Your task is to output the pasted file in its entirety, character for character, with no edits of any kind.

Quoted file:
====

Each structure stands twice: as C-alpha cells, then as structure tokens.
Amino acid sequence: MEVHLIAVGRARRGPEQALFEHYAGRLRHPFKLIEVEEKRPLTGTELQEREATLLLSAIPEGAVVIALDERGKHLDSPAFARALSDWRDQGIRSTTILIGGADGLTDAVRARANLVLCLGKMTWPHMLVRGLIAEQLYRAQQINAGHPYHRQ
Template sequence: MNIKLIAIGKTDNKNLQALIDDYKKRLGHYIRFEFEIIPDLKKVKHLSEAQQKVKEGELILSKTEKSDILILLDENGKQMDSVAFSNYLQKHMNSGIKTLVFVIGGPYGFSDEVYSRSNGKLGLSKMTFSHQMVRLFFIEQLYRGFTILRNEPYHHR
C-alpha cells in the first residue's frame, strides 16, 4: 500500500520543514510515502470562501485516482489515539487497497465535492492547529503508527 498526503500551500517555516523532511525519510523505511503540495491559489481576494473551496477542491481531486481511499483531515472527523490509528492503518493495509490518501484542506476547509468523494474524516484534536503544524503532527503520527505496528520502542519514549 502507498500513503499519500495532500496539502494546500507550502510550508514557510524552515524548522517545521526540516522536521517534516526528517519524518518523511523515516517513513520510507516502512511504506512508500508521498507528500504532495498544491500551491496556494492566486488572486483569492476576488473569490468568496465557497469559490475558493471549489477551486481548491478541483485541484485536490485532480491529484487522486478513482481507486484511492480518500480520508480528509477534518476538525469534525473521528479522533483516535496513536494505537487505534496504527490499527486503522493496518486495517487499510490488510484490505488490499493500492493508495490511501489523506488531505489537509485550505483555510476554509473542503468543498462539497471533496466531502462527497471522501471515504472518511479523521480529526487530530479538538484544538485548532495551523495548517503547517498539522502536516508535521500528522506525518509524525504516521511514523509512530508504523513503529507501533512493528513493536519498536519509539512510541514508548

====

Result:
Each structure stands twice: as C-alpha cells, then as structure tokens.
Amino acid sequence: MEVHLIAVGRARRGPEQALFEHYAGRLRHPFKLIEVEEKRPLTGTELQEREATLLLSAIPEGAVVIALDERGKHLDSPAFARALSDWRDQGIRSTTILIGGADGLTDAVRARANLVLCLGKMTWPHMLVRGLIAEQLYRAQQINAGHPYHRQ
Template sequence: MNIKLIAIGKTDNKNLQALIDDYKKRLGHYIRFEFEIIPDLKKVKHLSEAQQKVKEGELILSKTEKSDILILLDENGKQMDSVAFSNYLQKHMNSGIKTLVFVIGGPYGFSDEVYSRSNGKLGLSKMTFSHQMVRLFFIEQLYRGFTILRNEPYHHR
C-alpha cells in the first residue's frame, strides 16, 4: 500500500520543514510515502470562501485516482489515539487497497465535492492547529503508527 498526503500551500517555516523532511525519510523505511503540495491559489481576494473551496477542491481531486481511499483531515472527523490509528492503518493495509490518501484542506476547509468523494474524516484534536503544524503532527503520527505496528520502542519514549 502507498500513503499519500495532500496539502494546500507550502510550508514557510524552515524548522517545521526540516522536521517534516526528517519524518518523511523515516517513513520510507516502512511504506512508500508521498507528500504532495498544491500551491496556494492566486488572486483569492476576488473569490468568496465557497469559490475558493471549489477551486481548491478541483485541484485536490485532480491529484487522486478513482481507486484511492480518500480520508480528509477534518476538525469534525473521528479522533483516535496513536494505537487505534496504527490499527486503522493496518486495517487499510490488510484490505488490499493500492493508495490511501489523506488531505489537509485550505483555510476554509473542503468543498462539497471533496466531502462527497471522501471515504472518511479523521480529526487530530479538538484544538485548532495551523495548517503547517498539522502536516508535521500528522506525518509524525504516521511514523509512530508504523513503529507501533512493528513493536519498536519509539512510541514508548